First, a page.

The U. S. Marines are looking for "a few good men," and they need look no further than Marvel Comic's superhero Iron Man, amusingly and brilliantly played by Robert Downey Jr. in the new Iron Man movie.
Self-absorbed billionaire Tony Stark (Downey Jr.) has taken over his late father's high-tech arms company. Stark Industry, one of the U.S. government’s top weapons contractors, has designed a new high-tech weapon, currently being used to obliterate insurgents in Afghanistan. Tony is the toast of every soirée and can put even an inquiring magazine reporter – who asks about his company's responsibility in killing people – in her rightful spot, his bed!
Tony and his best friend and military liaison Jim Rhodes (Terrence Howard) go to Afghanistan to see Stark's handiwork firsthand. A ride in a Humvee ends up in a deadly explosion, leaving solders dead and an injured Tony captured by Raza (Faran Tahir), the sinister leader of the insurgents. Only in a comic book movie could a prisoner build a super flying suit while in captivity. Tony escapes, and after a duel with a few U.S. Air Force jets, ends up back home, where he must refine the electromagnet that keeps his injured heart working.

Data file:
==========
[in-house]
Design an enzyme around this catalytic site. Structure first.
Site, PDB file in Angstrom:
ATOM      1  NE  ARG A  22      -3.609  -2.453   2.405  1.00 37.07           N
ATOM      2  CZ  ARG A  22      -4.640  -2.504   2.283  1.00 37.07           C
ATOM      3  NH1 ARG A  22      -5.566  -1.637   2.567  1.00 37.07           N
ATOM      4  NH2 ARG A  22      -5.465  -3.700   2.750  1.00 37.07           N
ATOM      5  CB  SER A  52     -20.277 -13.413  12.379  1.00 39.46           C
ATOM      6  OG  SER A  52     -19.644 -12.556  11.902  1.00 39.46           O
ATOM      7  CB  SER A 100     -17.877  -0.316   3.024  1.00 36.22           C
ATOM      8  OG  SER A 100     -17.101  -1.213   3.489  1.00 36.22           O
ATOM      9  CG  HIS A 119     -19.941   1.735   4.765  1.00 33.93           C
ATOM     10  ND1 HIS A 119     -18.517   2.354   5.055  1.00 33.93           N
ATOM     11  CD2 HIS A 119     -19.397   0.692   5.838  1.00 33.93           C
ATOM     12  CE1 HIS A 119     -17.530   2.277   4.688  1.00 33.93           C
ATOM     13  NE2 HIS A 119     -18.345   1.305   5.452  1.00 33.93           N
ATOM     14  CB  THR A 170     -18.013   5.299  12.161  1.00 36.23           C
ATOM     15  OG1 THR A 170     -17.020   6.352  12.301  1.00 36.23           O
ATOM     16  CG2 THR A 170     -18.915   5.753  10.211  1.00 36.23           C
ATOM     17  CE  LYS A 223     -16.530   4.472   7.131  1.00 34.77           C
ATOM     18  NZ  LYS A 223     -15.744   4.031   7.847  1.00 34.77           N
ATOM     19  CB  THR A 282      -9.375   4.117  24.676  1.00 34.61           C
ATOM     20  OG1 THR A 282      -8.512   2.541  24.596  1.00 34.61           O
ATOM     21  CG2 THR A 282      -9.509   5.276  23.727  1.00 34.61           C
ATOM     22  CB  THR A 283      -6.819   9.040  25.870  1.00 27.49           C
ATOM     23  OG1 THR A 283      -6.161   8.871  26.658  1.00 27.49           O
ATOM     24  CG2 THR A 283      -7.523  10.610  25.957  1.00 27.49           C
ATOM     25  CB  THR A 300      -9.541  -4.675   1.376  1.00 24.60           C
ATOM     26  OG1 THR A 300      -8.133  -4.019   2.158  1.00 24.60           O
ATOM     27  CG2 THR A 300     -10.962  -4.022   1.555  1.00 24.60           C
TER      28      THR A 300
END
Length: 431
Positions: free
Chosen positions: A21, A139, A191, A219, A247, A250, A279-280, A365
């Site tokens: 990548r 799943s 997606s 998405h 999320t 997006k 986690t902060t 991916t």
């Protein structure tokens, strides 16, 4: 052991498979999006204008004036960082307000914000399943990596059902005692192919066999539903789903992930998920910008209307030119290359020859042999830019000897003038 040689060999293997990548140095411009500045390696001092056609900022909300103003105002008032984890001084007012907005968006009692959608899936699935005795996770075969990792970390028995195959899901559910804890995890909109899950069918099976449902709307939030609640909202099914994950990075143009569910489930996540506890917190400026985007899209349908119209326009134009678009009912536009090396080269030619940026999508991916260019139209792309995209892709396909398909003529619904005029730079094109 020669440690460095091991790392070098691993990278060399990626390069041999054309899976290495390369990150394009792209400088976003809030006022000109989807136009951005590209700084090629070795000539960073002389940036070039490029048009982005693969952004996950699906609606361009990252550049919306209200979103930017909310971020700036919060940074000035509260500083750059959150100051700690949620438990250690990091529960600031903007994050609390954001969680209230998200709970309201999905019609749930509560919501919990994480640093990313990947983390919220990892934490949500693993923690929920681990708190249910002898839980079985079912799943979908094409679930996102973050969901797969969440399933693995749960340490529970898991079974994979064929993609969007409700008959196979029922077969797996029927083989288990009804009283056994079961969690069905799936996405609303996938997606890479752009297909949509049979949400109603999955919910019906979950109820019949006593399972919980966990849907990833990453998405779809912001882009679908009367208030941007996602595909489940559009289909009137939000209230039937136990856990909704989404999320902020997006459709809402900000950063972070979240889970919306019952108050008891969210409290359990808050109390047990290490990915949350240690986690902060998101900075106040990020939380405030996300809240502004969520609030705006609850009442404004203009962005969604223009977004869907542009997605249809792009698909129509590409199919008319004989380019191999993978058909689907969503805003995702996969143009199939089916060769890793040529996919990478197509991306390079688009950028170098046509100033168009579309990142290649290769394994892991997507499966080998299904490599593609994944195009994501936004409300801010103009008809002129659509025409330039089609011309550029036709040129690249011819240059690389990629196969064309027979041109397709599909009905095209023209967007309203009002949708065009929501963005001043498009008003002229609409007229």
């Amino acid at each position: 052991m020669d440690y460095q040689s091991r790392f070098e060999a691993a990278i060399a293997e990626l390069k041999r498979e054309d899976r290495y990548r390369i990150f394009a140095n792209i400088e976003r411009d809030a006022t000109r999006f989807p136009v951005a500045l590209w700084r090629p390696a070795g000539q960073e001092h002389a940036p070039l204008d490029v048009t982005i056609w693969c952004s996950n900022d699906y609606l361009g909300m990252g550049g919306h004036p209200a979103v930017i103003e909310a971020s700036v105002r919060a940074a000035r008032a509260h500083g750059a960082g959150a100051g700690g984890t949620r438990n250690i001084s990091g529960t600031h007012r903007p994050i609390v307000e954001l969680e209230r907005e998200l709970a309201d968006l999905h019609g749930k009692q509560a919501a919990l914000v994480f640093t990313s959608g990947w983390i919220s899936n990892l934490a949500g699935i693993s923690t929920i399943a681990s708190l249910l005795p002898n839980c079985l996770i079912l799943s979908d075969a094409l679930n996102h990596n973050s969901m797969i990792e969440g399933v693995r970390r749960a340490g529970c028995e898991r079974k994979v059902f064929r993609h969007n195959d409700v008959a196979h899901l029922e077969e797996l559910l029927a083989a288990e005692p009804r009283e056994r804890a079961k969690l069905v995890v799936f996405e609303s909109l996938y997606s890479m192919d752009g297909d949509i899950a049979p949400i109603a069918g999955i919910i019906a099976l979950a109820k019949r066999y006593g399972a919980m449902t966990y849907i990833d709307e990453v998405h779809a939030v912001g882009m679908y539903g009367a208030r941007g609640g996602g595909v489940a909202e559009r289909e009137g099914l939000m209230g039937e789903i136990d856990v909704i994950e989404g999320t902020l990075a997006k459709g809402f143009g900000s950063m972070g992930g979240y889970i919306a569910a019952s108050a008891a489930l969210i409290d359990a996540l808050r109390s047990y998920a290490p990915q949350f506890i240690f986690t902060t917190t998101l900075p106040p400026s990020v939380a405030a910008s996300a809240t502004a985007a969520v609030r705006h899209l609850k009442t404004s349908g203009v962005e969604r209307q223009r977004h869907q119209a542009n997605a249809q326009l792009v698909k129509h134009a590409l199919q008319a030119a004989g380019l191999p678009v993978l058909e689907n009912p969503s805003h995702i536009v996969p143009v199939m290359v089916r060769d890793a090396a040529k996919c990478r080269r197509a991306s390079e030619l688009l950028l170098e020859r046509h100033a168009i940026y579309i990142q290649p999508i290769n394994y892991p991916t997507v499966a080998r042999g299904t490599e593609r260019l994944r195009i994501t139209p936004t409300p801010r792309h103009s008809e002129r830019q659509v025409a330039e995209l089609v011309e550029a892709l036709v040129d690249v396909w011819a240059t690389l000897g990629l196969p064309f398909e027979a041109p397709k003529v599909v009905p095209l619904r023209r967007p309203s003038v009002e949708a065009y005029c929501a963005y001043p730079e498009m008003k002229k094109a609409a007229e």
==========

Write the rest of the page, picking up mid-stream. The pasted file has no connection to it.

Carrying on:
Back in his million-dollar house and lab, Tony's assistant Pepper Potts (Gwyneth Paltrow) and business partner Obadiah Stane (Jeff Bridges) brief him on company news. When Pepper actually helps Tony re-attach his electromagnet, there are moments between them which hint that their relationship is taking on a different dynamic. Obadiah, on the other hand, spouts off technical jargon about the company, but there's nothing friendly or collaborative in his attitude.
Maybe it's his electromagnet-supported heart or inspiration from his deceased father, but when Tony discovers that Obadiah is sabotaging the company and is in cahoots with Raza, he gets serious about designing an Iron Man suit that will truly battle evil.
Marvel Comics' Iron Man, created by Stan Lee, Larry Lieber, Don Heck and Jack Kirby, made his first appearance in the Tales of Suspense in April 1963. Tony Stark, Iron Man’s alter ego, was inspired partly by the personality of the late, renowned Howard Hughes.
"Howard Hughes was one of the most colorful men of our time,” said the film's executive producer Stan Lee. “He was an inventor, an adventurer, a multimillionaire, a ladies’ man and, finally, a nutcase."
It's vital when casting comic superheroes such as Spider-Man, Batman, X-Men and The Fantastic Four, that the actors bring something unique to the role which enables it to work in more than one film.